As I wrote the other day, a Virginia man was acquitted of reckless driving recently after his attorney noticed that there was an "at" missing from the statute, and convinced a judge that, as written, the law required drivers to "stop school buses," not "stop at school buses." As reader Michael Gordon points out, if the reckless-driving laws have to be construed that literally, then some of them would cover pedestrians.
For example, the law that makes "failing to stop school buses" a crime has this problem, too, because neither the statute's title nor its first sentence says anything about a vehicle:
§ 46.2-859. Passing a stopped school bus; prima facie evidence.
A person is guilty of reckless driving who fails to stop, when approaching from any direction, [at] any school bus which is stopped . . . for the purpose of taking on or discharging children . . . and to remain stopped until all the persons are clear of the highway, private road or school driveway and the bus is put in motion.
Emphasis added. It's perfectly clear – whenever a school bus stops in Virginia, everyone in the area must stop and remain stopped until the bus is moving again. No exceptions.
Oh, sure, you could infer from the name of the offense or some of the context that the Legislature did not intend to cover pedestrians, if such things were done in Virginia. And other evidence supports the construction above, because other reckless-driving statutes do mention vehicles. See, e.g., Va. Code § 46.2-862 ("A person shall be guilty of reckless driving who drives a motor vehicle" at 20 mph or more over the limit). Obviously, the legislature was capable of specifying when a motor vehicle is part of an offense and when it is not. And sometimes, it didn't. Therefore, Virginia pedestrians can be convicted of the following reckless-driving offenses:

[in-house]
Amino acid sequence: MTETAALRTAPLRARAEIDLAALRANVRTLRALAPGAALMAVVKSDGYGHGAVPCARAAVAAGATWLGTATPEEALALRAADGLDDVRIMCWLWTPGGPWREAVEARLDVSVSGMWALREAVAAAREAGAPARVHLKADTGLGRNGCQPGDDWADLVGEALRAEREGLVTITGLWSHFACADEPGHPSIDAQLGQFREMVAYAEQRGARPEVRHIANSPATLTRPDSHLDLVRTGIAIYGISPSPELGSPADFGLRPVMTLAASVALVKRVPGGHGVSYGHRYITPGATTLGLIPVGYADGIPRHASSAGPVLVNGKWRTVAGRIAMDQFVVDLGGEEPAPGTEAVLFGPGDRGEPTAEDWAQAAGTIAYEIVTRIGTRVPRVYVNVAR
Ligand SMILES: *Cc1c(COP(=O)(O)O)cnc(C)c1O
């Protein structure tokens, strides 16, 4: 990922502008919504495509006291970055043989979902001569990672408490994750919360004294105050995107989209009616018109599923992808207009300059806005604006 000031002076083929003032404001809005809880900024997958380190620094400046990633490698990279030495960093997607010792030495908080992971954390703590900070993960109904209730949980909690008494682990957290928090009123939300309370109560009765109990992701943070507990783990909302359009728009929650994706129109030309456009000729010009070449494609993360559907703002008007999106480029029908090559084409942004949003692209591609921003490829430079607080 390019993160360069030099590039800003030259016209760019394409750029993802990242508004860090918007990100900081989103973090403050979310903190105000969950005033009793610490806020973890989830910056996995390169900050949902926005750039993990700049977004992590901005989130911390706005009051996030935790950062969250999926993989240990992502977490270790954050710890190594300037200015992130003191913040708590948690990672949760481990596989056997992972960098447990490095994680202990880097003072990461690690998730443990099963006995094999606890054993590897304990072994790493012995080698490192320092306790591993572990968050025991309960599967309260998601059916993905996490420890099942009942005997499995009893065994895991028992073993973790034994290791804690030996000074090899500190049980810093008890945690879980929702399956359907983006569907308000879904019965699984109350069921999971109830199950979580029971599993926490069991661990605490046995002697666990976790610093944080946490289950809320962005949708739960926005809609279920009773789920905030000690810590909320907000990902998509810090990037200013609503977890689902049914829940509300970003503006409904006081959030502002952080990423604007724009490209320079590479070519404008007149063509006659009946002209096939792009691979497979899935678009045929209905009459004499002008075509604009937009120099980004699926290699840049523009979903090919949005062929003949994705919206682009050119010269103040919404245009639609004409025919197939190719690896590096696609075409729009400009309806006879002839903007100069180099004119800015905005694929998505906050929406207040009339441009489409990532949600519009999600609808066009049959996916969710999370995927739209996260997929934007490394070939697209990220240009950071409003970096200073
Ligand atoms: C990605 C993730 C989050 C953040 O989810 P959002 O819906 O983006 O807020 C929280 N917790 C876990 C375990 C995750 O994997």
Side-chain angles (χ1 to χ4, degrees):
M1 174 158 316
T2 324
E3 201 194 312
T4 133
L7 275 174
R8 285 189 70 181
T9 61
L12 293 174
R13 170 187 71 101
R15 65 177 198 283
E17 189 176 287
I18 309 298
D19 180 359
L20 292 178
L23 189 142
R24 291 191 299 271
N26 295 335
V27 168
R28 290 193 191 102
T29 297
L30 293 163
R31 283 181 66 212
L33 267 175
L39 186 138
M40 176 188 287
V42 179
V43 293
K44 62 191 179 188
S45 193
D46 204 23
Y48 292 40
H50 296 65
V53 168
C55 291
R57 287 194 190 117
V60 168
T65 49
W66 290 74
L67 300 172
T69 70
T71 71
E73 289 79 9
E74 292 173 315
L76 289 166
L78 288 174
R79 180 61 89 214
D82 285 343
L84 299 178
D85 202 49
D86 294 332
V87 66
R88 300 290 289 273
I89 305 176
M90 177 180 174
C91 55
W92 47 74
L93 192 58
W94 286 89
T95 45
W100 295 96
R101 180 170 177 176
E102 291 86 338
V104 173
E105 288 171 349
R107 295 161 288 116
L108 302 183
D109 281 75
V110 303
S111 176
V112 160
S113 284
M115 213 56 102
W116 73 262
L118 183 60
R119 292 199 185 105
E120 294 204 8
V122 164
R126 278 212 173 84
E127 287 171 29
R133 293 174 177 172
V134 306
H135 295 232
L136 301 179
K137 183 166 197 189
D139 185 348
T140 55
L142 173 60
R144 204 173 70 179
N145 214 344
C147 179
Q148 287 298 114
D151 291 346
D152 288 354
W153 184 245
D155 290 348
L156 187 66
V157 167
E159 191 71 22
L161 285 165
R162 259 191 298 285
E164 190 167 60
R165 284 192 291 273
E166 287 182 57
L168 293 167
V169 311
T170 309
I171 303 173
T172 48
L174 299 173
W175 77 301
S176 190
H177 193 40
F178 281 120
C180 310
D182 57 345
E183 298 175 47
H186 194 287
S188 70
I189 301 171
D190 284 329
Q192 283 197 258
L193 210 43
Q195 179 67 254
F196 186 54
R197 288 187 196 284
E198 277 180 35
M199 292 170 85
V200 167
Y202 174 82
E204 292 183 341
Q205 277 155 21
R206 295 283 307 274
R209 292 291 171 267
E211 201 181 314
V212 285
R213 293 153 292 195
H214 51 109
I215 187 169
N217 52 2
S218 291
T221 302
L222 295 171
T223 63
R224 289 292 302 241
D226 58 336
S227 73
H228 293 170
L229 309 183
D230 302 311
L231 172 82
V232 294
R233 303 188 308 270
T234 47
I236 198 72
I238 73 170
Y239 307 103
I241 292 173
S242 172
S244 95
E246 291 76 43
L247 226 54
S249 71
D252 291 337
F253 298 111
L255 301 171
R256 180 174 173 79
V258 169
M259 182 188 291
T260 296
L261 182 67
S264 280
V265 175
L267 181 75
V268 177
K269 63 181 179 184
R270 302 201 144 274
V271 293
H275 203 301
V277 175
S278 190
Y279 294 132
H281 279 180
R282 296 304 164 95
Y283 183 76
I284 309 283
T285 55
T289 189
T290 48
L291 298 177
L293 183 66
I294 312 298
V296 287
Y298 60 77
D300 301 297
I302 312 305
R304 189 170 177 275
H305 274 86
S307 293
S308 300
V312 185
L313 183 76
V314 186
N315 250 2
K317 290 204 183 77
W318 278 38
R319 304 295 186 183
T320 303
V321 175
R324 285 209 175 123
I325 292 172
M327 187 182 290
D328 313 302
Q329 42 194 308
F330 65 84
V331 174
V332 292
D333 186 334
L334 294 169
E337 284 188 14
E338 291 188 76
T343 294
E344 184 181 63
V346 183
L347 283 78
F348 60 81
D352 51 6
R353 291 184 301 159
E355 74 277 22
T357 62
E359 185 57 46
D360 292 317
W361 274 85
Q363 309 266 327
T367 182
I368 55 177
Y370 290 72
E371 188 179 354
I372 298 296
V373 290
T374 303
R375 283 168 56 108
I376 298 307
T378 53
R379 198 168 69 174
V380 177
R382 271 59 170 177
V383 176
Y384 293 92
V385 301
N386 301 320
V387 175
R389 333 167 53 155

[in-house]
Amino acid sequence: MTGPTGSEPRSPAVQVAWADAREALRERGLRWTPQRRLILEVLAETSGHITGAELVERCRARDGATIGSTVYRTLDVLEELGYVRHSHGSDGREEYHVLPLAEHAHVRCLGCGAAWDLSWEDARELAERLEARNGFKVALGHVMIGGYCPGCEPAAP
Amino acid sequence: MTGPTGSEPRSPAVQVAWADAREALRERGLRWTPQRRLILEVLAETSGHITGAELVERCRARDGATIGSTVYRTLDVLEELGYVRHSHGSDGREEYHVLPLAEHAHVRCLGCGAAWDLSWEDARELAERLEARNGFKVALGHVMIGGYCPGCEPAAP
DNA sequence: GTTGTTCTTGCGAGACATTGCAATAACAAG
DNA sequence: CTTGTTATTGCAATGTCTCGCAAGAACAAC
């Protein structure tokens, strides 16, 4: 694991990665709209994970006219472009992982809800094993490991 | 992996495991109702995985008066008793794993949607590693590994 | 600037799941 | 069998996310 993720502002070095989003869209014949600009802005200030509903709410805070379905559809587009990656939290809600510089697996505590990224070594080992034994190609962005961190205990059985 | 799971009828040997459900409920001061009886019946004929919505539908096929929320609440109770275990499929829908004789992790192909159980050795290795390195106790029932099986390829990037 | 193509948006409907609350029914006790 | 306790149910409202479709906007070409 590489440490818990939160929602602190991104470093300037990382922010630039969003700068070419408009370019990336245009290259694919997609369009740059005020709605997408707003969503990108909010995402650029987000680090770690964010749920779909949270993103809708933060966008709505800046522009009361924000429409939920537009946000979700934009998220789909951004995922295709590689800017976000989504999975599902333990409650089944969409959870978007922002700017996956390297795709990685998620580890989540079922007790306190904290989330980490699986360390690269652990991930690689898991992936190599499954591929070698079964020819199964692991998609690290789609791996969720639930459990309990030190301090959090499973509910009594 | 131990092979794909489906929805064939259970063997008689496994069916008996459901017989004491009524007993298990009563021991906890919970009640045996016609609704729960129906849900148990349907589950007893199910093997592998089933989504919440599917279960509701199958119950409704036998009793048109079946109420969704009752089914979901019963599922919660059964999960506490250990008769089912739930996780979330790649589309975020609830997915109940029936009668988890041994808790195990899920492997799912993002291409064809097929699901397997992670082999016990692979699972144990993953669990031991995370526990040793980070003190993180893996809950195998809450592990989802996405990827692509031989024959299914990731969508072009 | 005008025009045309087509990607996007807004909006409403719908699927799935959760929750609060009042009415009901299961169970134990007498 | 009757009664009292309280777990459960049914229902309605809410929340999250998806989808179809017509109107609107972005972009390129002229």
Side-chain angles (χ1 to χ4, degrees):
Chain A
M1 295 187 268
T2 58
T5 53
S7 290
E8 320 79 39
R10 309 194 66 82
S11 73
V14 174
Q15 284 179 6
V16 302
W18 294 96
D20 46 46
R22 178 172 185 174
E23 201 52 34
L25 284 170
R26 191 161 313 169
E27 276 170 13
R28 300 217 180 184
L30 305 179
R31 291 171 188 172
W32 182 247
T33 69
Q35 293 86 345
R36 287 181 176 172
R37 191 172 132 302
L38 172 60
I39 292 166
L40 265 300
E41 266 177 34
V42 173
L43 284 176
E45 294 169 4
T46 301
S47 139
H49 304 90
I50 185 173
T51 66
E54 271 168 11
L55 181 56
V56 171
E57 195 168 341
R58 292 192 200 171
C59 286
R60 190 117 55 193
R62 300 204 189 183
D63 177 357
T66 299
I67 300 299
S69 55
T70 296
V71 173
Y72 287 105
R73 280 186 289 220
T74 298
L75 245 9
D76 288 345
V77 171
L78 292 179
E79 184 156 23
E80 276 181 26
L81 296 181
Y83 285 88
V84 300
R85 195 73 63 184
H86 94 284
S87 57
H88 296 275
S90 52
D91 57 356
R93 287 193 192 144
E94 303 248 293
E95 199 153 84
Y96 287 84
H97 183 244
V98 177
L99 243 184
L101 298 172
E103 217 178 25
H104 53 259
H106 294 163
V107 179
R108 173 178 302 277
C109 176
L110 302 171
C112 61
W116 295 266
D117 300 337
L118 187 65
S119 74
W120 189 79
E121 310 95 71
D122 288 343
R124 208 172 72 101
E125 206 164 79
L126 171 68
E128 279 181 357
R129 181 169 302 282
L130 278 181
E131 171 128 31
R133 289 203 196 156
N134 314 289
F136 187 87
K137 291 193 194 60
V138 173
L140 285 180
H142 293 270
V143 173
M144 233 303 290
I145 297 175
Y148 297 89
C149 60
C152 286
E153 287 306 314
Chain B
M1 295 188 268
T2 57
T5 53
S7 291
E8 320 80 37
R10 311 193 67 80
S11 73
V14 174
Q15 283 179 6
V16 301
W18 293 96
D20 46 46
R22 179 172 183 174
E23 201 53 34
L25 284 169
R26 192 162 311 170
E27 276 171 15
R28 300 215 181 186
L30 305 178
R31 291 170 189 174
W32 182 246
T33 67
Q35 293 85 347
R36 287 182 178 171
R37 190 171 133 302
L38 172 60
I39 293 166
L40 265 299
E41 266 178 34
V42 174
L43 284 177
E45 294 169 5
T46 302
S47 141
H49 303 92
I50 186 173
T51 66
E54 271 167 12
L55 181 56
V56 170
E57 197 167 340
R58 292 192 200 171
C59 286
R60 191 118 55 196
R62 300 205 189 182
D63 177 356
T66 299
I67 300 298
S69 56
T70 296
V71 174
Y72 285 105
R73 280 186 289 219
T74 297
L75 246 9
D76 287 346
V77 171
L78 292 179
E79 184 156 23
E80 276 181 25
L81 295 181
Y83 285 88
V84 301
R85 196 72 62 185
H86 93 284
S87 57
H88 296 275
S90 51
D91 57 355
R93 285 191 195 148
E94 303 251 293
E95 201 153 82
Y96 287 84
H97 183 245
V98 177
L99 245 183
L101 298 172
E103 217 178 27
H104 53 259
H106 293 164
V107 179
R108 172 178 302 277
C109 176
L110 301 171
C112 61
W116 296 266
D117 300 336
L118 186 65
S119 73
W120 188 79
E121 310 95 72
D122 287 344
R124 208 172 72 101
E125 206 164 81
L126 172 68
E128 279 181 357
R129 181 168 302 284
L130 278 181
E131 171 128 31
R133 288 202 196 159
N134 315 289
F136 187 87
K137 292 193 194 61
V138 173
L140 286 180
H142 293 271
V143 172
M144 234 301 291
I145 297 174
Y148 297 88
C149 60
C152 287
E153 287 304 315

- passing two vehicles abreast moving in the same direction;
- overtaking or passing a vehicle at a railroad crossing;
- passing a stopped school bus;
- failing to give adequate and timely signals of intention to turn, slow down or stop;
- exceeding a reasonable speed under the circumstances; and
- "racing [back and forth] between two or more motor vehicles."
Arguably, the signaling statute requires driving, since it contains a reference to another statute that does mention driving. But the idea that all Virginia pedestrians now have to go around giving those arm signals whenever they change direction is comical enough that I would encourage judges to reject such cross-referencing, just for humor purposes.
Obviously, the point is that legislatures are made up of fallible human beings (see the Legislatures at Work category if you disagree), which is why judges have some leeway to interpret statutes. That can present its own problems, but penciling in an "at" should generally be okay. (Seriously, though, make them do the arm-signal thing, just for a while.)